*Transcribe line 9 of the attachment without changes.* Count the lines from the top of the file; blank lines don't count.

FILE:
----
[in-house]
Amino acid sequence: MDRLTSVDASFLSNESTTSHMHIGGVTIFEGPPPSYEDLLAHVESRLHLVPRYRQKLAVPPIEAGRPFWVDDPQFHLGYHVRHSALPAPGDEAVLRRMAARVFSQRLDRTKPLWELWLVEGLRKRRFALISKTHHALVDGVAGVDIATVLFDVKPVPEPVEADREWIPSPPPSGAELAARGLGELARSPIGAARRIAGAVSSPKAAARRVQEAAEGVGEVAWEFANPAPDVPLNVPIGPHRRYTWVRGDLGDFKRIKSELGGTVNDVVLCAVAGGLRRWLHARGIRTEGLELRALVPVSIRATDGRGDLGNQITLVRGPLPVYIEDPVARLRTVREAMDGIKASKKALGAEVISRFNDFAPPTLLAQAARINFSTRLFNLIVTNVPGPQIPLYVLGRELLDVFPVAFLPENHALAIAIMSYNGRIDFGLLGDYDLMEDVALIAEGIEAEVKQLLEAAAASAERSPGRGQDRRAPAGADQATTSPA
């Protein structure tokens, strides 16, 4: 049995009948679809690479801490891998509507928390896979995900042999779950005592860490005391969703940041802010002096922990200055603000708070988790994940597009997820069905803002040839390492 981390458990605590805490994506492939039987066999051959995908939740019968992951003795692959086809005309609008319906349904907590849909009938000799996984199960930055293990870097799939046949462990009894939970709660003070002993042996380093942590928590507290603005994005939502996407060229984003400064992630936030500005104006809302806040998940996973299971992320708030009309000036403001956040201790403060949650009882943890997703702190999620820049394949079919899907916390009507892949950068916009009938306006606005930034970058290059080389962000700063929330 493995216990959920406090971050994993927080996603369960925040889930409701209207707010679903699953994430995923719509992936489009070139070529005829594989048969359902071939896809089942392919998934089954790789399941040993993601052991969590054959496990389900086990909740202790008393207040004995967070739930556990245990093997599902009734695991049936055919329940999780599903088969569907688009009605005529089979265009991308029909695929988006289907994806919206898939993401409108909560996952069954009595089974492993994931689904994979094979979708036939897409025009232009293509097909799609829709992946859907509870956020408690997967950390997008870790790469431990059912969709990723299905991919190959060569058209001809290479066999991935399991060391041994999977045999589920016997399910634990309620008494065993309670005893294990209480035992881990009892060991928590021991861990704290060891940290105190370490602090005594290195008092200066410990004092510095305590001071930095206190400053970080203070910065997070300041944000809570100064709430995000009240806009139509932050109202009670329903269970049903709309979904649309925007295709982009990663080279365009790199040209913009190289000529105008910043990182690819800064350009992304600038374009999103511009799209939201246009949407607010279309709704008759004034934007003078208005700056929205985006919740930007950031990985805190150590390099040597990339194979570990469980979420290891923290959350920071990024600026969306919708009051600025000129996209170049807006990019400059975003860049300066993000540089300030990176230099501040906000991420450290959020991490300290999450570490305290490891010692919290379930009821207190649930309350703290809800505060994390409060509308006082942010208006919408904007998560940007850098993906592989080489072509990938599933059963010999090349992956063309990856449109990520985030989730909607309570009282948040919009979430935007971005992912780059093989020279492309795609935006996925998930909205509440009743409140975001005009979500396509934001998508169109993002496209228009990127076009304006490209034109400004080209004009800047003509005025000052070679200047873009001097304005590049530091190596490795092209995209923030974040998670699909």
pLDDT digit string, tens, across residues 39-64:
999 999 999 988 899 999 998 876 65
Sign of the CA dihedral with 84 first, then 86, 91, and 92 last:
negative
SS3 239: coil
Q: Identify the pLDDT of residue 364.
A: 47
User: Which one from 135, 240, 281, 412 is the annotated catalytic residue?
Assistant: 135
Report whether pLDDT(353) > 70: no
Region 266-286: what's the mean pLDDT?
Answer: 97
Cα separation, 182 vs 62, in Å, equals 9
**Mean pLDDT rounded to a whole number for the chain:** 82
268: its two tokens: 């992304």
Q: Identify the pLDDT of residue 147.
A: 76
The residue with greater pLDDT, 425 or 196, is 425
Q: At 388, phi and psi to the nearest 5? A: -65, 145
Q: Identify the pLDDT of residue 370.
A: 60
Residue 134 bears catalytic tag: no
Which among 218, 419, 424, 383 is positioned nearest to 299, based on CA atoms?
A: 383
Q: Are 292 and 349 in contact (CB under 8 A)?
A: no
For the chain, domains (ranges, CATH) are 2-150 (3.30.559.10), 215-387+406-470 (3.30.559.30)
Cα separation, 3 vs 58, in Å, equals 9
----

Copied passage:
Q: Identify the pLDDT of residue 364.